For the biotech firms in India, it has become strategizing time. They see a huge opportunity up for grabs if the facts and numbers on the much-hyped biosimilars market are for real.
The generic equivalents of biotech drugs, or the so-called biosimilars, are fast gaining currency across the world even as biotherapeutics look to outpace their chemical counterparts with the promise of greater safety and better efficacy.
As many as 30 biotherapeutics totaling $51 billion in sales are set to lose patent exclusivity by 2015. This will make the global market for biosimilars leapfrog from $243 million in 2010 to $3.7 billion, says a report by Datamonitor Group Plc, a market analysis firm.
Analysts believe that cost-effective biosimilars have great potential, as they can rapidly substitute highly expensive brands. Globally, generic majors including Teva and Sandoz have already listed biosimilars as a priority casting their eyes on some of the key, blockbuster biologics.
In India, there are not very many pure-play biotech companies; those with the prowess to produce biosimilars are even fewer. Yet, hailing from the land of generics, select firms have already made considerable dents in mastering recombinant technology, the cornerstone of a big chunk of biotherapeutics.
Biocon Ltd., for example, has successfully commercialized human insulin and insulin analogues into several global markets. Biocon has a portfolio of monoclonals as well. "With patents for eight of the top 10 biggest-selling biotech products in the U.S. set to expire by 2018, a sizeable market has opened for biosimilars," said Kiran Mazumdar-Shaw, chairman and managing director of Biocon. "Biocon is well-positioned to seize the opportunities in this space, having set up the requisite structures and grown the enabling competencies."
Armed with a biosimilar pipeline containing several programs and U.S. FDA-approved biomanufacturing plants, Biocon expects biosimilars to account for more than a quarter of the company's revenues within five years.
The Bangalore-based firm entered into a tie-up with Pfizer in October last year for commercializing human recombinant insulin and three insulin analogues worldwide. The company has sales and marketing agreement with Mylan to develop and commercialize molecules to treat cancer and auto-immune disorders. Biocon also holds 70% stake in AxiCorp and plans to leverage German company as a launchpad to expand biosimilar activities in Europe.
For Biocon, novel biologics is part of long-term strategy. "We have a short, medium, and long-term market entry strategy with strong capabilities in biosimilars, generics, and biologics," explained Ms. Shaw. The strategy is to maximize development in India by taking advantage of the lower R&D costs and faster development timelines to commercialize products rapidly in India and emerging markets. Expensive global development will be pursued once the risks are mitigated.
It's not only first-gen bio-drugs, but also more advanced products that figure on the list. Dr Reddy's launched a biosimilar version of darbepoetin alfa, probably the first of its kind, in India in 2010. This Hyderabad-based firm has already commercialized generics of filgrastim and rituximab.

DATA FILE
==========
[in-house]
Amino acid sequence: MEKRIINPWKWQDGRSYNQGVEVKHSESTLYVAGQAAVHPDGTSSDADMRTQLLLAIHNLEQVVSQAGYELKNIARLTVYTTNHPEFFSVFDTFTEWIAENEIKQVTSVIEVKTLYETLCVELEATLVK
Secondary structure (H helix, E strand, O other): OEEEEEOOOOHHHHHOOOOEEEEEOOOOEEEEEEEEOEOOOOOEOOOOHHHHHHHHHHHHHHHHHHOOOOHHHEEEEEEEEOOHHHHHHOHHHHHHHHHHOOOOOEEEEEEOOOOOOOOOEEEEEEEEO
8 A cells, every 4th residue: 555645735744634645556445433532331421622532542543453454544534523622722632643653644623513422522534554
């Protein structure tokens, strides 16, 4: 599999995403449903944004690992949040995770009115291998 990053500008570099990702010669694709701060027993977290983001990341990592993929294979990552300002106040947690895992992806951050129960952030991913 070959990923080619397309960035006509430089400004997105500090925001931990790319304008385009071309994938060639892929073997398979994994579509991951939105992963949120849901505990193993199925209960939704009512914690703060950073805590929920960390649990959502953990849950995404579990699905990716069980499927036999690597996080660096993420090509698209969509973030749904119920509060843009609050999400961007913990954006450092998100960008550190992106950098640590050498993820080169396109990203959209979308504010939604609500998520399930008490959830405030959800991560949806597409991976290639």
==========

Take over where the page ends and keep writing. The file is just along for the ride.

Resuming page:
India Launch: The Acid Test
At least one more darbepoetin alfa biosimilar is expected to hit market this year from Avesthagen, a notable biotech firm from India's biotech hub of Bangalore. "Avesthagen has a rich pipeline of biosimilars through which we intend to provide cost‐effective healthcare solutions to patients across the globe," Villoo Morawala-Patell, founder and CMD of Avesthagen was quoted as saying while announcing clinical trials for the products.
Avesthagen has lined up BRIC (Brazil Russia, India and China) countries by 2011, EU and North America on expiry of current patents for darbepoetin launch.
Other firms that hold a biosimilar franchise include Intas Biopharmaceuticals, Wockhardt, Shantha Biotechnics. Intas Bio expanded its tie-up with Canada's Apotex to market biosimilar version of peg-filgrastim in North America, EU etc. Headquartered in Ahmedabad, Intas Bio is reportedly in the process of setting up facilities for manufacturing monoclonals.
Wockhardt has insulins, epo and vaccine in portfolio while Shantha Biotechnics - now part of Sanofi Pasteur - markets streptokinase, interferon alfa, epo and other vaccines.
An acid test to establish the efficacy of the product, launching in India equips these players with enough data to pursue developed markets. Favorable generic regulatory environs and a large patient base are other conducive factors. Bio firms, led by the Association of Biotech Led Enterprises, is now pitching for more simplified and faster process for the approval of biotech drugs to further the growth of biosimilars.
No clear regulatory pathway is in place for approving biosimilars in the world except in Europe. The U.S. is finalizing on the guidelines, while countries such as Japan are in works to make the biotech copycats more acceptable.
However, the question whether Indian generic leaders will be able to recreate the magic they had with small molecule drugs in biosimilars remains open.
S. Harachand is a pharmaceutical journalist based in Mumbai.He can be reached at email@example.com.